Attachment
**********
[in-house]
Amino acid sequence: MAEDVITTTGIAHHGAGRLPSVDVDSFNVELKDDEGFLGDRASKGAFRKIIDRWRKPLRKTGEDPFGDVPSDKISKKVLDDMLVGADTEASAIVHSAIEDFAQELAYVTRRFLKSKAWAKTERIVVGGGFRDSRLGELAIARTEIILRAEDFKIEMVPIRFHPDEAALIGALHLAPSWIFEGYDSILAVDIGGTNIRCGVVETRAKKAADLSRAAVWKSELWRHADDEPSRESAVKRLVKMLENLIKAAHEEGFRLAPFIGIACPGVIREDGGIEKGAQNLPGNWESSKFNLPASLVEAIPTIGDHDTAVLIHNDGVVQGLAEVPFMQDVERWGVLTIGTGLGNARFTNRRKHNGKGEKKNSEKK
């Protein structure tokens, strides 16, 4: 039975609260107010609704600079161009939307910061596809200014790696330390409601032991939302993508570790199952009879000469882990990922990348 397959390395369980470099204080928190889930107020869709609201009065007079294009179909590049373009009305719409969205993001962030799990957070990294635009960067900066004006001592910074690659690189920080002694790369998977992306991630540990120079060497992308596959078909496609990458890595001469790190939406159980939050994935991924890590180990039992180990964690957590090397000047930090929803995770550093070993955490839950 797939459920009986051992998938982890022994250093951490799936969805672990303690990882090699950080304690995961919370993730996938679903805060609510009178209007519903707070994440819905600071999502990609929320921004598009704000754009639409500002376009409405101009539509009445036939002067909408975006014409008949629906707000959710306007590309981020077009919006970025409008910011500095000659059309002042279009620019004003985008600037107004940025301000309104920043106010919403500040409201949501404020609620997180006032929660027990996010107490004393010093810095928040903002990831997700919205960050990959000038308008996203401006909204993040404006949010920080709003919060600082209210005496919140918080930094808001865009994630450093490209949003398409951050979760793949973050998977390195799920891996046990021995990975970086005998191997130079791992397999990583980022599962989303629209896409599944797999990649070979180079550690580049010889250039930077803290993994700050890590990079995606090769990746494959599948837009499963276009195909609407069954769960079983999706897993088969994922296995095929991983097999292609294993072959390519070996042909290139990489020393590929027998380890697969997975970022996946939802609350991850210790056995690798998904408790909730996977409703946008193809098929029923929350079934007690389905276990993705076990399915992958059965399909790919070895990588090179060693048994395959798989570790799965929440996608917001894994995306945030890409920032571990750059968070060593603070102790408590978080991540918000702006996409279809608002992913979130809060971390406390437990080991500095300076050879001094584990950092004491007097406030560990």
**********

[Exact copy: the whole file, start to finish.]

[in-house]
Amino acid sequence: MAEDVITTTGIAHHGAGRLPSVDVDSFNVELKDDEGFLGDRASKGAFRKIIDRWRKPLRKTGEDPFGDVPSDKISKKVLDDMLVGADTEASAIVHSAIEDFAQELAYVTRRFLKSKAWAKTERIVVGGGFRDSRLGELAIARTEIILRAEDFKIEMVPIRFHPDEAALIGALHLAPSWIFEGYDSILAVDIGGTNIRCGVVETRAKKAADLSRAAVWKSELWRHADDEPSRESAVKRLVKMLENLIKAAHEEGFRLAPFIGIACPGVIREDGGIEKGAQNLPGNWESSKFNLPASLVEAIPTIGDHDTAVLIHNDGVVQGLAEVPFMQDVERWGVLTIGTGLGNARFTNRRKHNGKGEKKNSEKK
């Protein structure tokens, strides 16, 4: 039975609260107010609704600079161009939307910061596809200014790696330390409601032991939302993508570790199952009879000469882990990922990348 397959390395369980470099204080928190889930107020869709609201009065007079294009179909590049373009009305719409969205993001962030799990957070990294635009960067900066004006001592910074690659690189920080002694790369998977992306991630540990120079060497992308596959078909496609990458890595001469790190939406159980939050994935991924890590180990039992180990964690957590090397000047930090929803995770550093070993955490839950 797939459920009986051992998938982890022994250093951490799936969805672990303690990882090699950080304690995961919370993730996938679903805060609510009178209007519903707070994440819905600071999502990609929320921004598009704000754009639409500002376009409405101009539509009445036939002067909408975006014409008949629906707000959710306007590309981020077009919006970025409008910011500095000659059309002042279009620019004003985008600037107004940025301000309104920043106010919403500040409201949501404020609620997180006032929660027990996010107490004393010093810095928040903002990831997700919205960050990959000038308008996203401006909204993040404006949010920080709003919060600082209210005496919140918080930094808001865009994630450093490209949003398409951050979760793949973050998977390195799920891996046990021995990975970086005998191997130079791992397999990583980022599962989303629209896409599944797999990649070979180079550690580049010889250039930077803290993994700050890590990079995606090769990746494959599948837009499963276009195909609407069954769960079983999706897993088969994922296995095929991983097999292609294993072959390519070996042909290139990489020393590929027998380890697969997975970022996946939802609350991850210790056995690798998904408790909730996977409703946008193809098929029923929350079934007690389905276990993705076990399915992958059965399909790919070895990588090179060693048994395959798989570790799965929440996608917001894994995306945030890409920032571990750059968070060593603070102790408590978080991540918000702006996409279809608002992913979130809060971390406390437990080991500095300076050879001094584990950092004491007097406030560990």